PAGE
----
Word is, Astros have identified Appel as top option -- but may still pass if price isn't right

Word in major-league circles is that the Astros have identified Stanford righthander Mark Appel as their top choice in Monday's first-year player draft. However, if Appel doesn't provide some signal about a willingness to agree to their price the Astros may move on to their second choice.

The Astros can't take a chance of picking a player who doesn't sign because teams can't redistribute the money, meaning the pick and dollar allotment will be lost for this year. The No. 1 pick slot is worth about $7.3 million. Teams that pick players who don't sign will get only a replacement pick in the same spot next year.

The new rules generally discourage enormous bonuses by limiting teams' to total bonus allotments. But one power the players have is that the threat of rejecting a team suggestion could cause a player to drop to a more generous team because teams won't want to fail to sign picks under this system. Pre-draft deals are disallowed under the new system, so the sides will only talk about less specific "signablity'' and teams can't be certain deals are forthcoming with picks.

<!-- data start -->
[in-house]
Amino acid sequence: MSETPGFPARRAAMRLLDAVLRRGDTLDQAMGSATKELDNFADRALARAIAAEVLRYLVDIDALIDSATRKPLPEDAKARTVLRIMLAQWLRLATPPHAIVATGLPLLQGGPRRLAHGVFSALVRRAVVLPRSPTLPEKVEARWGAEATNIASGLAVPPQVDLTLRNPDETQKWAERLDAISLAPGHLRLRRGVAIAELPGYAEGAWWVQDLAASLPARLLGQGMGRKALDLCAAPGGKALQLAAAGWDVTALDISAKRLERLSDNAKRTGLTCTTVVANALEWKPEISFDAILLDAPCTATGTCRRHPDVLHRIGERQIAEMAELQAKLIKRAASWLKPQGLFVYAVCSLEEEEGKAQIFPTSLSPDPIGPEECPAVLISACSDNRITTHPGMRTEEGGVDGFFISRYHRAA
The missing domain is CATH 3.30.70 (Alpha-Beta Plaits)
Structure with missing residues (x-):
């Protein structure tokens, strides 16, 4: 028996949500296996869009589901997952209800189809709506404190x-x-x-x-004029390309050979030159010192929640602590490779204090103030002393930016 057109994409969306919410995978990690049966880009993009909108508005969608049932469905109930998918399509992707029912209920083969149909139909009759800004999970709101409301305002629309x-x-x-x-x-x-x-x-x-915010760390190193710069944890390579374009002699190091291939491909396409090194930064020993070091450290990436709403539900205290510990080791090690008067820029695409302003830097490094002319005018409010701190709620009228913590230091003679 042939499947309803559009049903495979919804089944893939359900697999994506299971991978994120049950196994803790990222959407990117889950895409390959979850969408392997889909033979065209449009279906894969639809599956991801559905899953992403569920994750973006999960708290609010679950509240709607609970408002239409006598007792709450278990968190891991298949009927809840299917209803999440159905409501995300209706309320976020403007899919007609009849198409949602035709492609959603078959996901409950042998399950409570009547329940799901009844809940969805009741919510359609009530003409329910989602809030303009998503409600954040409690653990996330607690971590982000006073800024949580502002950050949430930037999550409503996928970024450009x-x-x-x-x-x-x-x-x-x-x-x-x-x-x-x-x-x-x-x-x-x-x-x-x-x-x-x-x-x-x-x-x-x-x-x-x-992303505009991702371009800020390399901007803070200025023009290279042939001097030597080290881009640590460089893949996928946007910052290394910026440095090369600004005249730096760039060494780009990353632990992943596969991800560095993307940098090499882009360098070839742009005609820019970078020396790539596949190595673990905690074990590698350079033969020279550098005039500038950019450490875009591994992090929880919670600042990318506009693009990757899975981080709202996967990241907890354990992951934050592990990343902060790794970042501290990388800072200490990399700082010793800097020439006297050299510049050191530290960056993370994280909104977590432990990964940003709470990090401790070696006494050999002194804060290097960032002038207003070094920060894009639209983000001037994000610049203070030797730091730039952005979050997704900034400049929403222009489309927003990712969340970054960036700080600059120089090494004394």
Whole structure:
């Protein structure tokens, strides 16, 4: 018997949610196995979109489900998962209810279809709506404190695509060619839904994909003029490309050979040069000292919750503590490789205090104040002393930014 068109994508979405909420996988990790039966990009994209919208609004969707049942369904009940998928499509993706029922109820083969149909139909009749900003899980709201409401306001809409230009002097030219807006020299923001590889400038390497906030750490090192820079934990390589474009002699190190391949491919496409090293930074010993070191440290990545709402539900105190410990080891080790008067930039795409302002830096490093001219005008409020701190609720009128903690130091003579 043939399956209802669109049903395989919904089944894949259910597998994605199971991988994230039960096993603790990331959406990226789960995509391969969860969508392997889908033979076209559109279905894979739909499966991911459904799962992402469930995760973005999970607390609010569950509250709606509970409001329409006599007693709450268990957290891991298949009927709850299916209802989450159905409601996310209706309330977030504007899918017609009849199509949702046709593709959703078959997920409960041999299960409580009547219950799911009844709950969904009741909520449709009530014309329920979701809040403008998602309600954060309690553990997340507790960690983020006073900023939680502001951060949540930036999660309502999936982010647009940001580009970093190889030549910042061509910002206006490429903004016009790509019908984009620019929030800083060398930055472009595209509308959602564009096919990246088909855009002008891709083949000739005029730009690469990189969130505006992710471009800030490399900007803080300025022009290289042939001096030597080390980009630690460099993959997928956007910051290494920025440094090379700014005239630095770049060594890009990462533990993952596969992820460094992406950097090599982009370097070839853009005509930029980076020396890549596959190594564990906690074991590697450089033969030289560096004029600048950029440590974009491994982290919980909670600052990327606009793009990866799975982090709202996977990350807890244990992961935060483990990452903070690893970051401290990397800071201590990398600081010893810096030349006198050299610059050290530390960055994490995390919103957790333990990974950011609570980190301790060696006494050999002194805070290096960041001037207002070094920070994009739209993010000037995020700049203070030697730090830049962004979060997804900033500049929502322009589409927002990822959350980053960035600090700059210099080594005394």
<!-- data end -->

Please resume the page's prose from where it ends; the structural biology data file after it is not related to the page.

The Astros' backup choice to Appel isn't known for sure, but it is no given that they will take one of the next best college starters, LSU's Kevin Gausman or USF's Kyle Zimmer, or the top-rated high school player Byron Buxton, a center fielder.

One player moving up the board is Puerto Rico high school shortstop Carlos Correa. "Correa is another A-Rod,'' one American League scout said of the power hitter who may move to third base. There's a chance Correa could be Houston's fallback choice in case Appel doesn't take the deal.

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